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©2001 The Society of
Archbishop Justus, Ltd


Hallo again to all.

No doubt many of you have heard Jaroslav Pelikan's statement that 'Tradition is the living faith of the dead, traditionalism is the dead faith of the living.' So we think of ourselves, quite alive, as people lucky enough to share the living faith of the dead.

We at Anglicans Online consider ourselves to be traditionalists. Since we know that this word has a broad spectrum of meanings, please bear with us whilst we elaborate. We honour, respect, and even love our church's traditions, but we are somewhat discerning in making up our minds about just what those traditions are.

Recently we returned to Yorkshire, where we were raised, and saw again the evocative 'bare ruined choirs' of Rievaulx Abbey, built by the Cistercians in the 11th century and disbanded by Henry VIII in the 16th century. A week later we attended the consecration, in Rome, of Pierre Whalon as Bishop in Charge of the Convocation of American Churches in Europe. Both of these are quite relevant to our sense of being traditionalists.

Rievaulx Abbey is, today, just a collection of ruined buildings. Walking around it, alone in the freezing rain, we were transported in time, first to its beginnings and then to its dissolution. When it was founded, it served a vital need for the Christians in the North of England. When it was dissolved—whether or not one agrees—Henry VIII proclaimed that it had outlived its usefulness. Surely many 16th-century traditionalists were outraged by the dissolution of abbeys and monasteries, and it is likely that several generations of believers felt that the dissolution was an unparalleled evil. From the perspective of history, the church survived this event as it has survived so many others, and certainly it can be argued that Henry VIII was correct in his argument (even if it somewhat disguised political ends and practicalities) that the entrenched and isolated communities no longer met the goals of their founders and the needs of the larger church. The issue is not the value of monastics to the church, but the role of a particular edifice and community for doing and being what monastics bring to the church. Is it possible that Henry did the right thing for the wrong reason?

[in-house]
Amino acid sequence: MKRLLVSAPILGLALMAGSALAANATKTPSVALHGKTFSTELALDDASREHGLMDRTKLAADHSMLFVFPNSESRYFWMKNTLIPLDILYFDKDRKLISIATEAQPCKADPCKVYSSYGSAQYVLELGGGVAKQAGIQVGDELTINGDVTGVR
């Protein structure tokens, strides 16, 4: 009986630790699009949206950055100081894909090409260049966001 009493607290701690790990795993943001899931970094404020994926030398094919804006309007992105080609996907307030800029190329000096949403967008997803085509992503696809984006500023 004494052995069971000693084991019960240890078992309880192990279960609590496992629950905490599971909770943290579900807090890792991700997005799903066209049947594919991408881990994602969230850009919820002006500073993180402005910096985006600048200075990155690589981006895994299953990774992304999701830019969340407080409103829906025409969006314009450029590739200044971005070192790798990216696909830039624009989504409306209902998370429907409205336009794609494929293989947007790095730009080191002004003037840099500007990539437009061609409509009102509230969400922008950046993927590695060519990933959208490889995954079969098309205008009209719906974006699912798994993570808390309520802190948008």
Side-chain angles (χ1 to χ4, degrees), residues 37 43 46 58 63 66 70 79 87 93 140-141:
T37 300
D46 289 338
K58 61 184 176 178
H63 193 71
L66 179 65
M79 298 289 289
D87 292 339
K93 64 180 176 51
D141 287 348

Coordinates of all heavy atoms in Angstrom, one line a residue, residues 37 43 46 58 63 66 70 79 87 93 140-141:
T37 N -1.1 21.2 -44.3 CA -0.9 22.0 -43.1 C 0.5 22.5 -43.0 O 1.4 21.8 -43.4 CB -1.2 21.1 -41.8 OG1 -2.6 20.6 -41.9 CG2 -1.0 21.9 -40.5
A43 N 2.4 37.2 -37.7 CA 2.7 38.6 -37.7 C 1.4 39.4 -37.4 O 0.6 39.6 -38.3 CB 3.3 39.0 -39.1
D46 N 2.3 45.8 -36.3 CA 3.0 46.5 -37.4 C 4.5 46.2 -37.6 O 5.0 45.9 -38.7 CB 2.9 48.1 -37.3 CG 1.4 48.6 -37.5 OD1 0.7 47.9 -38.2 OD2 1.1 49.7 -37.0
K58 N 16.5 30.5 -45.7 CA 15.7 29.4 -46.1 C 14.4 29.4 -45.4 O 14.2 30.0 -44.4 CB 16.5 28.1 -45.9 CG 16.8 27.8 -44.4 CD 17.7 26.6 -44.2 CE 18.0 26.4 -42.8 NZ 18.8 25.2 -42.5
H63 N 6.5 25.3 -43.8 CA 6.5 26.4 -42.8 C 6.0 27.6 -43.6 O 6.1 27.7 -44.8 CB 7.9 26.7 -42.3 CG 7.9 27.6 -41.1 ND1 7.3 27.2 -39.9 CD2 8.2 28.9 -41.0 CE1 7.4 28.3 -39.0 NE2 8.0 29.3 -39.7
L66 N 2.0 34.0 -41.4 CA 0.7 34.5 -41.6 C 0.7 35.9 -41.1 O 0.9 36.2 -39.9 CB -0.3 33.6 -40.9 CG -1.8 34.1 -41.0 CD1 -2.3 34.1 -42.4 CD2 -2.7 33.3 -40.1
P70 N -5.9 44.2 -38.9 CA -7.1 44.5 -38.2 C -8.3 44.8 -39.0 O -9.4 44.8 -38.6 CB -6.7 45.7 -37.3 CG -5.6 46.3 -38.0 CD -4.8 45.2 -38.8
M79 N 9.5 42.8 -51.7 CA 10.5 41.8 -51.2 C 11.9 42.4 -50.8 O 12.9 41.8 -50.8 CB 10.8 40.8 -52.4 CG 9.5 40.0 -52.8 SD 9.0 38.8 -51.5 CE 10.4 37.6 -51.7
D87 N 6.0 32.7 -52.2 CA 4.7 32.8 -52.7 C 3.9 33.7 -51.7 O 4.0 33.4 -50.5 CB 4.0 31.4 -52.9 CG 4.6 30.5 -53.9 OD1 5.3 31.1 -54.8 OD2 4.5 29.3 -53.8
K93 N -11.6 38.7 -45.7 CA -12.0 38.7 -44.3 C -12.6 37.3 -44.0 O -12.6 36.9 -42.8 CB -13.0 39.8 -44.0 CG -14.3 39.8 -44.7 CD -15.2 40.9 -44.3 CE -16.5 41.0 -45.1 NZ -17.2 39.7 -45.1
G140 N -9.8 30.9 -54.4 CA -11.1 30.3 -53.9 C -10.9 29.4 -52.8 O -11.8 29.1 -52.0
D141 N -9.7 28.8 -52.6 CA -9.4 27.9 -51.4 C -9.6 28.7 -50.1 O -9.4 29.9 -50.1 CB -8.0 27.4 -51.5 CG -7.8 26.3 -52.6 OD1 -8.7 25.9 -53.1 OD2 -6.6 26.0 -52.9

Bishop Whalon, consecrated today, will be dead within 100 years and probably within 50 years, joining the pantheon of dead bishops that were and are the bedrock of our church. Yet the tradition that he has joined, the apostolic successors, will live on. That tradition is alive because it renews itself with each new consecration, just as the church renews itself with each new baptism. We often say to ourselves, silently at the break of day, 'Indeed I AM part of the body of Christ.' Tradition lives because it inhabits the living, and, like all living things, they change as they grow and learn. Perhaps what transmogrifies tradition into traditionalism is anchoring it to the past, like old stone buildings, rather than to the future, passing in reverence from one person to another and one era to another.

As we look around the world of our beloved church, we find ourselves wondering which institutions will be in ruins in the coming centuries and which institutions will live on. We are confident that, whatever lives on, the bishops of our church will be a living part of it.

See you next week.

Cynthia McFarland's signature
Brian Reid's signature
Cynthia McFarland
Brian Reid

Last updated: 18 November 2001